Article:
Member for Isaacs

3AW Neil Mitchell 27 March 2023

27 March 2023

SUBJECT: The Voice to Parliament.



SUBJECT: The Voice to Parliament.

NEIL MITCHELL: Now the Voice, the Voice, we talked about this at some length last week. I spoke to Professor Greg Craven about his concerns and Warren Mundine. I wanted the other side and I appreciate he's found time before Cabinet. The Attorney-General Mark Dreyfus, good morning.

ATTORNEY-GENERAL MARK DREYFUS: Very good to be with you Neil and thank you for the opportunity.

MITCHELL: Thanks for your time. Does Australia's Solicitor-General have some concerns about the wording of this?

ATTORNEY-GENERAL: No and he's been very clear about that.

MITCHELL: Will you release, given the public interest, his advice?

ATTORNEY-GENERAL: No. Because as I've said quite a few times now it would be inconsistent with long standing practice of successive governments, including the government for the last nine years of which Mr Dutton was a part, to release Solicitor-General advice. But I can also be clear Neil that this has been a very comprehensive and rigorous process. The Solicitor-General's been closely involved in the process. Many other Constitutional experts have been involved in the process and the words that we announced on Thursday are the outcome of that process.

MITCHELL: A few months ago your own Prime Minister said about releasing Solicitor-General's advice, quote, "politeness and proper process says the public should have access to this". He was referring to when you made the decision to release the Solicitor-General's advice on Scott Morrison having half a dozen portfolios. Why is this different? This is of even more public concern than Scott Morrison? If it was important for the public then, why is it not now?

ATTORNEY-GENERAL: It's a fair question Neil but I think most listeners would be aware that unlike Mr Morrison's secret ministries this proposed amendment to the Constitution is public.

MITCHELL: Yes, but the advice isn't. You have secret advice, which we can't hear, that has been released, advice has been released by your government in the past as recently as a few months ago. This is even more in the public interest than what Scott Morrison did. Why not release it?

ATTORNEY-GENERAL: It's a very, very, very different situation, Neil, to have Mr Morrison’s secret ministries, which needed to be exposed and did warrant that very unusual step of the Solicitor-General's advice being made public. The long-standing practice of successive governments is that we don't make public Solicitor-General's advice. That's our system. And I'd say, again, we've gone through a very comprehensive and rigorous process, the overwhelming consensus from Australia's top Constitutional lawyers is that this provision is constitutionally sound.

MITCHELL: So, you're telling me the various reports of both you and the Solicitor-General had concerns about this and had gone to the advisory group to debate it, that's untrue?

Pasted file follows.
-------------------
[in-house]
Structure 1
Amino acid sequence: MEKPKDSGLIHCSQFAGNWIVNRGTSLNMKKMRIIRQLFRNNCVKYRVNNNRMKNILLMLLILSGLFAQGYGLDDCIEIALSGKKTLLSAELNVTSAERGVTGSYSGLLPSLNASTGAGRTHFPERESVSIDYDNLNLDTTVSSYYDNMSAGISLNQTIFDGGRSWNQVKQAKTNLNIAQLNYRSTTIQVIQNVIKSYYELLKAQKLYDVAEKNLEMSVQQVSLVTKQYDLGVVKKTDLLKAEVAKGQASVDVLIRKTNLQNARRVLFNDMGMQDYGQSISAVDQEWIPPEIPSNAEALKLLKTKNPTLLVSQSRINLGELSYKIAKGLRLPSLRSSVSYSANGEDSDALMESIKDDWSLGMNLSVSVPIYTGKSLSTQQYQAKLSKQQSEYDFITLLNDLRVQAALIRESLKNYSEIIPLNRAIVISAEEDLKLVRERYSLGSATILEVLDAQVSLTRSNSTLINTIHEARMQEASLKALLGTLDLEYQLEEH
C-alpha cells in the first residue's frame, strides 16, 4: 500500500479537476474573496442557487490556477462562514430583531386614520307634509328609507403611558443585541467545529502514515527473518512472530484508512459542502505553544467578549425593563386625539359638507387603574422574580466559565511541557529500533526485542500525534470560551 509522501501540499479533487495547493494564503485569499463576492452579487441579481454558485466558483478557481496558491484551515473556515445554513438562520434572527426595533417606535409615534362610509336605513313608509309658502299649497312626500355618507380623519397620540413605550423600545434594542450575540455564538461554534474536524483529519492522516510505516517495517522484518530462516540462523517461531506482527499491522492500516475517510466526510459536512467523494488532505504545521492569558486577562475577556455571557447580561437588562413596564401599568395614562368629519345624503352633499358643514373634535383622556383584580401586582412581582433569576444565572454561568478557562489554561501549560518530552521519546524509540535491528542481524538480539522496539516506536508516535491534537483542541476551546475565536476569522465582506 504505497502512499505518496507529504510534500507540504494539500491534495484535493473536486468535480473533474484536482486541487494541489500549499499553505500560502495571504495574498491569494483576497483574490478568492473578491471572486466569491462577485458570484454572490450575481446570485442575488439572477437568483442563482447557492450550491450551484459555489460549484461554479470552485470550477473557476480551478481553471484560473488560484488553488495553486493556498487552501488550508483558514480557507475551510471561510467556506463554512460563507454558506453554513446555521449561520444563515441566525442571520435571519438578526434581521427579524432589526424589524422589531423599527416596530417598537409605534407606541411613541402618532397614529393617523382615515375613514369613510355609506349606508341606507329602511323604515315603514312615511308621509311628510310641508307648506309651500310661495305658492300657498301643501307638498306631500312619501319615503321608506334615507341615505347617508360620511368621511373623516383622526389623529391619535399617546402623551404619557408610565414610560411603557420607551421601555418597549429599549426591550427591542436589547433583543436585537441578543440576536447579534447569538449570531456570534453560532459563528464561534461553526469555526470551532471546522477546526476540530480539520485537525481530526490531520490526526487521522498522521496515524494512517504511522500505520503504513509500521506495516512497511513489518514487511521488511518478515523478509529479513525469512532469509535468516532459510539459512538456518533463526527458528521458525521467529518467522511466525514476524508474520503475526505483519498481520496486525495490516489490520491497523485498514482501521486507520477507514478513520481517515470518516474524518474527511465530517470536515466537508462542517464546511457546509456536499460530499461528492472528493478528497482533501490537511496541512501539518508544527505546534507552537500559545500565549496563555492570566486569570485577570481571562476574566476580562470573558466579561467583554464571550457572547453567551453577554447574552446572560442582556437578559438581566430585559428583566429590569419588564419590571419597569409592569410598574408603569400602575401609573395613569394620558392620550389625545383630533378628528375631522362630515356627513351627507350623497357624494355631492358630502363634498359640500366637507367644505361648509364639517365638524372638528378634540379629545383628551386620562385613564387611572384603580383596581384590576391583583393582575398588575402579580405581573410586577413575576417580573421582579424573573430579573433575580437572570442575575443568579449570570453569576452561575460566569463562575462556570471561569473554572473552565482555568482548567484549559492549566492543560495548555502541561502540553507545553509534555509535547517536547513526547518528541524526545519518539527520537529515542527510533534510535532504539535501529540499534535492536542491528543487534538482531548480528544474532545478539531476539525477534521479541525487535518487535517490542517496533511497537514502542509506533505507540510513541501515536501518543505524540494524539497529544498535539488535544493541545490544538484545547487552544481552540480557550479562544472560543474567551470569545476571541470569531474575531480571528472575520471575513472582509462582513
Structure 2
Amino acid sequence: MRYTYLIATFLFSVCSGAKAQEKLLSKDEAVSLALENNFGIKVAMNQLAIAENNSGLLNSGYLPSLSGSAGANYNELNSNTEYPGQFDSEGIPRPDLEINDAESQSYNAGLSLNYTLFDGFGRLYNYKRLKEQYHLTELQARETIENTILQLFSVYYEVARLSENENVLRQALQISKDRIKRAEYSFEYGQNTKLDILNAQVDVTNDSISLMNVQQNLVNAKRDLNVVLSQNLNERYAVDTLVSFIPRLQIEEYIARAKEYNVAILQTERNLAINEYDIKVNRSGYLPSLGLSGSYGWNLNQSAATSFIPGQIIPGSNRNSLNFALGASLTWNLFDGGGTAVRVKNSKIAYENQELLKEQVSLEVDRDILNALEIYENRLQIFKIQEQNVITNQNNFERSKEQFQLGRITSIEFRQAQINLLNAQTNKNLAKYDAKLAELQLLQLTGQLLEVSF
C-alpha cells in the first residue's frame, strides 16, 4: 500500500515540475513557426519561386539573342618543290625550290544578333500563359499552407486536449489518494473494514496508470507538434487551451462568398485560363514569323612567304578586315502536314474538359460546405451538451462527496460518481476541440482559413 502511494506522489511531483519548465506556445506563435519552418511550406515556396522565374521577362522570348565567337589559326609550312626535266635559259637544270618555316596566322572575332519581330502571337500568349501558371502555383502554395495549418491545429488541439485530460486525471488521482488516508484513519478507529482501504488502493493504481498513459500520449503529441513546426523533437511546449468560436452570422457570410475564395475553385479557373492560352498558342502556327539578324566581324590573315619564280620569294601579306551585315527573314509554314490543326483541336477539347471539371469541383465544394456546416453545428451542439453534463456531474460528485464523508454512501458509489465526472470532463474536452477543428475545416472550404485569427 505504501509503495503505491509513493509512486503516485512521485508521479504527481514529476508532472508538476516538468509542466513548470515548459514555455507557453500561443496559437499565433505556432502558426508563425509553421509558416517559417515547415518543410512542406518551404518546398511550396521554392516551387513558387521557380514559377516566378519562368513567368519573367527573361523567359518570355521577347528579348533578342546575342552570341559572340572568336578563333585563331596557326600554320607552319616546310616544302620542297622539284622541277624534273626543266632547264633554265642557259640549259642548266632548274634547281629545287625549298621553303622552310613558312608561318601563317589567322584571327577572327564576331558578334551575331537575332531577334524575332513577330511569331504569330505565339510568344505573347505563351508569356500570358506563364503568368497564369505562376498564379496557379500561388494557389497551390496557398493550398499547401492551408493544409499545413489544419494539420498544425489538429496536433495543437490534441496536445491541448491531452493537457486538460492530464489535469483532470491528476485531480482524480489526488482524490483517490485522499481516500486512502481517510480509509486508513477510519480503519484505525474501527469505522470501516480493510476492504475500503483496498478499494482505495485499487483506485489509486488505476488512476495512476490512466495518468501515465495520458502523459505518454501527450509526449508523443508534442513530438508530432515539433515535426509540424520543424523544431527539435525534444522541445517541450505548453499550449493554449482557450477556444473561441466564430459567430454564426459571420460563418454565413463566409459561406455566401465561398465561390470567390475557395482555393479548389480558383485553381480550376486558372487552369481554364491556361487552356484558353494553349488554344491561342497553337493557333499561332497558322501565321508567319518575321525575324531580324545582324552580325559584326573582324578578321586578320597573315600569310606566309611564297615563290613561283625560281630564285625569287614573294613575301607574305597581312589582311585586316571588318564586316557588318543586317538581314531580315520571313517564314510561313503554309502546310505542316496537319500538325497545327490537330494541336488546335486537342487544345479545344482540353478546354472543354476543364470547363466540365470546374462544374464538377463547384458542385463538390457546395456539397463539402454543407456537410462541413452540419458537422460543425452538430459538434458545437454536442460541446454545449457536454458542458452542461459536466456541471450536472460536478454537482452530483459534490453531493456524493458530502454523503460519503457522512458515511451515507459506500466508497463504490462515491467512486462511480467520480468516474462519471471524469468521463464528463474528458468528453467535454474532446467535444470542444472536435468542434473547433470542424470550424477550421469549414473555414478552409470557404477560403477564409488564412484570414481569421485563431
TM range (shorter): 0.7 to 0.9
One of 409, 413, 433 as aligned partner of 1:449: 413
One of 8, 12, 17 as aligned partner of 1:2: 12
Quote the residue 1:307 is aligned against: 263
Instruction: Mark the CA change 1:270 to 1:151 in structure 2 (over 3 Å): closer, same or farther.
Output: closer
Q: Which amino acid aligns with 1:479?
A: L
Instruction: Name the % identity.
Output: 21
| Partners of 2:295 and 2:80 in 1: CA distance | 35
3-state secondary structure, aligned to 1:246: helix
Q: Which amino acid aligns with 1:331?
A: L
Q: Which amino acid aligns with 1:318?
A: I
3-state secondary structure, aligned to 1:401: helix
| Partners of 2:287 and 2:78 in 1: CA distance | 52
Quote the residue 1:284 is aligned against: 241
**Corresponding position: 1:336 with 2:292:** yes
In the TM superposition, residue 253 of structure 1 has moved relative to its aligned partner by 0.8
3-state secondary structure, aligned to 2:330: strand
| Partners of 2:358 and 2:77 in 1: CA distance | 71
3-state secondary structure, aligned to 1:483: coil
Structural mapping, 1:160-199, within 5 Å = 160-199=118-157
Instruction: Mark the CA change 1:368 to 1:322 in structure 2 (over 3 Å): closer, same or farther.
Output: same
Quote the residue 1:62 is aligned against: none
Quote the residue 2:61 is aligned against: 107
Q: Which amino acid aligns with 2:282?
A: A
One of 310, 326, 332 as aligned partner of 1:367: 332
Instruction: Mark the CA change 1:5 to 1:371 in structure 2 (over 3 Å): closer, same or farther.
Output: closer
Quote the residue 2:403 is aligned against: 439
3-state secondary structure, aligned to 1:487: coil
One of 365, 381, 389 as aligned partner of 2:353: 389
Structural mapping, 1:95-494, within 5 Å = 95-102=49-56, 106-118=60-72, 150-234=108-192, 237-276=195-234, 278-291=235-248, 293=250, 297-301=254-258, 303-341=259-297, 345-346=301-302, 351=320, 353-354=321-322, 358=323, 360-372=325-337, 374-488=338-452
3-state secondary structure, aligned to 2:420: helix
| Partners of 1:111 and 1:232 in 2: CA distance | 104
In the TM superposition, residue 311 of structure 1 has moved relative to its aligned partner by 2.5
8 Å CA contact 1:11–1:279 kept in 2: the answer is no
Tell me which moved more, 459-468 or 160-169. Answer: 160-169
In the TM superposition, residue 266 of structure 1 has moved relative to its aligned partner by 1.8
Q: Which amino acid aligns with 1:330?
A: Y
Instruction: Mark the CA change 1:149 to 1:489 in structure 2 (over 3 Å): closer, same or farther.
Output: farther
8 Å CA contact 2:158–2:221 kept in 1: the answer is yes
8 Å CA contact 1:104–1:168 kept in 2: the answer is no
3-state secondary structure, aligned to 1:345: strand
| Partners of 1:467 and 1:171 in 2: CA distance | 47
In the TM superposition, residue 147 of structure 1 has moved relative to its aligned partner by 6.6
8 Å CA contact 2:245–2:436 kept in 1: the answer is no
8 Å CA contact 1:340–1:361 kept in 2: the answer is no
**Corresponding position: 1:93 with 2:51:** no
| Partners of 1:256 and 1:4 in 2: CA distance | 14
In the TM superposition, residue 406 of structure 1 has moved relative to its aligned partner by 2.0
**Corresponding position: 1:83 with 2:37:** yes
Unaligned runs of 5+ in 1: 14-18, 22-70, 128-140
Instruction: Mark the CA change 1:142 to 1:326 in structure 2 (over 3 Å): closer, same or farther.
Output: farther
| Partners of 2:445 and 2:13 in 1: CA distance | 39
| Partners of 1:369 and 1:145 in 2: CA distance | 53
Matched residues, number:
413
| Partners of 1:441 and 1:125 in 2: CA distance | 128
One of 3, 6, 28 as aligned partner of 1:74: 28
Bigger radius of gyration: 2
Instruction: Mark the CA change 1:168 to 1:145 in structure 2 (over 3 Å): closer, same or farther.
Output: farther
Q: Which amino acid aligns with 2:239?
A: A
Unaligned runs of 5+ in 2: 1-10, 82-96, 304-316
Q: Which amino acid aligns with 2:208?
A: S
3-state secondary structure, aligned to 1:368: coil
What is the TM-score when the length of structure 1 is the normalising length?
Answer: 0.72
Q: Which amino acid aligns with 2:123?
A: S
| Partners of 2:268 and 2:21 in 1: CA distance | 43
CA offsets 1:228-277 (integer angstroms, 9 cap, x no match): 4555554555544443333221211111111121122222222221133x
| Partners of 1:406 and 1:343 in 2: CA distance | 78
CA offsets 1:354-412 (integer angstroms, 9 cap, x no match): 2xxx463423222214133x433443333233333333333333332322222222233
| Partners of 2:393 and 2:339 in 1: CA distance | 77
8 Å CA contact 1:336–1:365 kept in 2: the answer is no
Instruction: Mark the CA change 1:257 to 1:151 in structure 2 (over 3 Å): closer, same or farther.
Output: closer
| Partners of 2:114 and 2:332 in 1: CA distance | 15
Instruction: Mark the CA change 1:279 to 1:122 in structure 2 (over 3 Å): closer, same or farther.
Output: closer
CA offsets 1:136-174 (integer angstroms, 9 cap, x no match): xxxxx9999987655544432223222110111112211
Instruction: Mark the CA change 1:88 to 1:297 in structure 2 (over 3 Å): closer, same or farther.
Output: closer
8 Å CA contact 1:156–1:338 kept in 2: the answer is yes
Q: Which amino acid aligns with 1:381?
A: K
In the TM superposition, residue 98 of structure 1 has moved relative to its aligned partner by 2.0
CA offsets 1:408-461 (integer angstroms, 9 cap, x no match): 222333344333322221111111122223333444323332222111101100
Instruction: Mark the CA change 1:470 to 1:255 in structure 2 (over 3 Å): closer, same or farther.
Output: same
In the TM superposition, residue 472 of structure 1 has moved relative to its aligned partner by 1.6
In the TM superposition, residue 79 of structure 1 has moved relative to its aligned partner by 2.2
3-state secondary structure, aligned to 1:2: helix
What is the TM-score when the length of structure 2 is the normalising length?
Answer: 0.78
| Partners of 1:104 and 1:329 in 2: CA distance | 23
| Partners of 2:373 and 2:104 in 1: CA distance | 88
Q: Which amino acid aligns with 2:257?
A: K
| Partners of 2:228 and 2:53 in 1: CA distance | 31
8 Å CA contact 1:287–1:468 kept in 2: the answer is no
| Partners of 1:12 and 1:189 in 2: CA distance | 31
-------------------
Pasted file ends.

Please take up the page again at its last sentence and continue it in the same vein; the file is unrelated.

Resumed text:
ATTORNEY-GENERAL: It's been a very complete process. It's been exactly the kind of process that it should have been. I'm proud to have been part of it and we've now landed.

MITCHELL: So, are those reports untrue?

ATTORNEY-GENERAL: There have been quite a lot of misreporting, I'll put it like that, over the last couple of weeks.

MITCHELL: But specifically, it was reported that both you and the Solicitor-General had concerns about the High Court implications and you took it to the advisory panel where it was debated at length. Is that untrue?

ATTORNEY-GENERAL: Of course there was debate about the final form of the words but I'm not going to comment on private discussions.

MITCHELL: Fair go, the Solicitor-General's advice is secret, your discussions are secret. The public needs to know on this. They want to support it, they desperately want to support it.

ATTORNEY-GENERAL: The Australian people are going to vote on this. That's the key to this.

MITCHELL: But they're voting blind if you won't tell them this sort of thing. You seriously won't tell me whether there was a level of disagreement from yourself and the Solicitor-General on the issue of the High Court?

ATTORNEY-GENERAL: I'm telling you there's been a lot of misreporting. I'll say one thing very directly to Neil that it was misreported that I was opposed to the reference in the Constitutional amendment to the Voice making representations to the executive government.

MITCHELL: Well, what was your position?

ATTORNEY-GENERAL: That that is absolutely the right thing. That has been, that has always been my position. That has always been the Government's position. And for some reason, some journalists got hold of the idea that that wasn't my position. So, there's an example of misreporting.

MITCHELL: But a moment ago you added to that by saying you wouldn't tell us what was discussed and you won't tell us what the Solicitor-General's advice is.

ATTORNEY-GENERAL: I'm giving you an example Neil of the misreporting. But where we're now at is that I will be introducing in the Parliament this Thursday a Constitution Alteration Bill. It'll be accompanied by legal documents like the explanatory memorandum, then we'll go to a Parliamentary committee. Then there'll be debate in the Parliament and this is coming at the end of 10 years of discussion and public consultation about this.

MITCHELL: That's why it concerns me. I mean, I think most people want to support it but they have concerns. Are you willing, I know you won't release the Solicitor-General's advice, will you tell me whether he did have any concerns or he was entirely supportive, as you are?

ATTORNEY-GENERAL: I've just told you that the Solicitor-General supports this Constitutional amendment. That should be enough.

MITCHELL: Well, no, it's not. Did he put any contrary argument to the advisory group?

ATTORNEY-GENERAL: I'm not going to go into what the Solicitor-General said and nor should I because it's long standing practice.

MITCHELL: Can I take that as confirmation?

ATTORNEY-GENERAL: It's a long-standing practice of successive governments not to release Solicitor-General's advice. I can assure your listeners that this is Constitutionally sound and that Constitutional lawyers across the country agree that it is Constitutionally sound. That's the view of the former Chief Justice of the High Court Robert French, former High Court Justice Kenneth Hayne, someone appointed by the Howard Government and who sat on the High Court for almost two decades. It's the view of Constitutional law academics across Australia.

MITCHELL: Okay, another one of your advisors Professor Megan Davis says this will be "a very, very powerful mechanism, which will have an extraordinary impact on the day to day work of government". Do you agree with that?